Early Autumn Colour, Flowers and Fruit

Near Thomson’s Pond
Nyssa sylvatica, the "Tupelo Tree" growing on the bank of the Pond assumes brilliant colours from gold to flame this month.

Parrotia persica, the "Persian Ironwood", grows on Thompson’s Lawn; this tree has a wide spreading habit and colours richly in autumn.

Liquidambar styraciflua, the "Sweet Gum" grows on a boundary lawn set back from the path; it has lobed leaves similar to those of an Acer but can be distinguished by the alternate rather than opposite arrangement on the shoot.

Another “Sweet Gum”, Liquidamber styraciflua ‘Worplesdon’grows on Thompson’s Lawn, it is pyramidal in shape; unlike most this cultivar often bears fruit in Britain. Both these trees are transformed into a kaleidoscope of colour with leaves ranging from pale yellow to dark crimson hues.

The native “Spindle Bush”, Euonymus europaeus can be seen growing at the top of Thompson’s Lawn in the shelter belt area, its mid green leaves redden in the Autumn as it red fruits open to reveal orange seed. Euonymus alatus also grows on the southern boundary of the Thompson’s Pond area and is one of the finest deciduous shrubs for autumn colour, with leaves turning a rich rosy scarlet before falling.

Last but not least seek out Stewartia monodelpha standing below Thompson’s Pond its leaves bear rich autumn tints.

A common streamside plant within the garden is Osmunda regalis, the “Royal Fern.” At this time of year the fronds turn an attractive golden yellow colour before dying back in the winter months.

Acers throughout the garden show autumn tints and bear ‘propeller driven’ seeds. The red foliage of the large Acer palmatum above the Still Pond reflects in its dark waters. Hamamelis mollis, the”Chinese Witch Hazel”, near the gate from Broomfield Hill, turns a rich butter yellow.

Look out for Acer rubrum ‘October Glory’ which has spectacular foliage in autumn with long lasting colours of rich metallic-red and orange. It can be found growing in a number of places within the garden, including the glade behind the toilet block just off Camellia Walk.

The large rounded leaves of Vitus cognetiae, the climbing vine shows stunning crimson and scarlet autumn tints, it can be found scrambling up an oak tree near a bench on the Main Stream.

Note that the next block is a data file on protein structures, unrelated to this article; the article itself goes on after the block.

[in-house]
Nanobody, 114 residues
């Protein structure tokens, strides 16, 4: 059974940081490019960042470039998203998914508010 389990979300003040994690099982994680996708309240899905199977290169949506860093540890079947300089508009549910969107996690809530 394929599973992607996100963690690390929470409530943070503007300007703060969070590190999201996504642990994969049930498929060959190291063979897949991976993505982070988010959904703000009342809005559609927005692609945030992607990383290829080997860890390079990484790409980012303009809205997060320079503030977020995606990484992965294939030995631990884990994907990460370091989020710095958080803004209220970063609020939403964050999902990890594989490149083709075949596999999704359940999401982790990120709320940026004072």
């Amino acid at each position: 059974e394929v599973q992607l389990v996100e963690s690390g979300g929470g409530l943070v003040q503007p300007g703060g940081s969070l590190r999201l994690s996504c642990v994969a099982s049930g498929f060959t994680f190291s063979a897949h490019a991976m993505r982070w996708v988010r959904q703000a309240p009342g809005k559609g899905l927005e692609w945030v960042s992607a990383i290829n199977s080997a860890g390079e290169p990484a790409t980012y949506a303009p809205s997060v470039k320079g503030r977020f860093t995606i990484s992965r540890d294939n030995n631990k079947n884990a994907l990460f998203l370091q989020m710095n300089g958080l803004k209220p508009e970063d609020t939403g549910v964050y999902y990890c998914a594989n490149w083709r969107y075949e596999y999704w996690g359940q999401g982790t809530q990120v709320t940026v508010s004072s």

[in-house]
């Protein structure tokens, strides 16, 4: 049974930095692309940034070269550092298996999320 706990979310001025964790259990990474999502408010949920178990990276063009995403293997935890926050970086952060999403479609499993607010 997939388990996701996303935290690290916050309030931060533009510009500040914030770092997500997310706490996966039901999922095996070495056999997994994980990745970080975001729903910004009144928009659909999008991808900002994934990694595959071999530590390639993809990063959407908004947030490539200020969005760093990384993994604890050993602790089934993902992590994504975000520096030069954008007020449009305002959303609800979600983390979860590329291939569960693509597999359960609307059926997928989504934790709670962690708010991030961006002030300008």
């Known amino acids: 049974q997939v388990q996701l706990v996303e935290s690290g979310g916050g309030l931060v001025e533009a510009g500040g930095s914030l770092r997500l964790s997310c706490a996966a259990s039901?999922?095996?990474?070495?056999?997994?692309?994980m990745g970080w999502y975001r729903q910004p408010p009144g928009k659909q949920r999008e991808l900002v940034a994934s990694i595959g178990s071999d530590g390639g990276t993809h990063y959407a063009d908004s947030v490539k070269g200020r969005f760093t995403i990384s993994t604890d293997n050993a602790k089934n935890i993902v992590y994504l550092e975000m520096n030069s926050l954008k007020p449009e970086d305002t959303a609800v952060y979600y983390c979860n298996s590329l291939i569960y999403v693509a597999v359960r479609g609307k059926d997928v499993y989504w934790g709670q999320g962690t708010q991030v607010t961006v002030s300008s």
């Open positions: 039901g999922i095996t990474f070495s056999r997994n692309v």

In Wilson’s Glade Viburnum betulifolium grows alongside the main path at this time of year its long swaying branches are laden with red-currant like fruits.

Bog Garden:
The three clumps of tall grass bearing elegant silky flower plumes and showing reddish brown are those of Miscanthus sinensis Malepartus.

A form of “Sacred Bamboo” Nandina domestica ‘Firepower’ grows within the Island bed and the marginal bed adjacent to the pontoon decking. This compact shrub has yellow-green foliage in summer which turns orange-red in the autumn and winter months.

Nyssa sinensis is planted in the main Bog Garden bed and also by the stream, look out for its narrow pointed leaves that are purplish when young and then mature to a brilliant scarlet in the autumn months.

The gardeners protect Gunnera manicata from hard winter frosts by cutting and laying the giant rhubarb like leaves over the crown of plants. As autumn moves into winter and the leaves rot a layer of bracken fronds harvested from the Park will be added to the leaves to further protect these plants.

Isabella Plantation Garden Walks

You are invited to join the gardeners for guided walks in the Isabella Plantation throughout the year.

Walks will take place on:

Sunday 22nd and Friday 27th October
Sunday 19th and Friday 24th November

Walks last about 1.5 hours and are free of charge.
Meet inside the Garden by the gate from Broomfield Hill car park at 11.00a.m.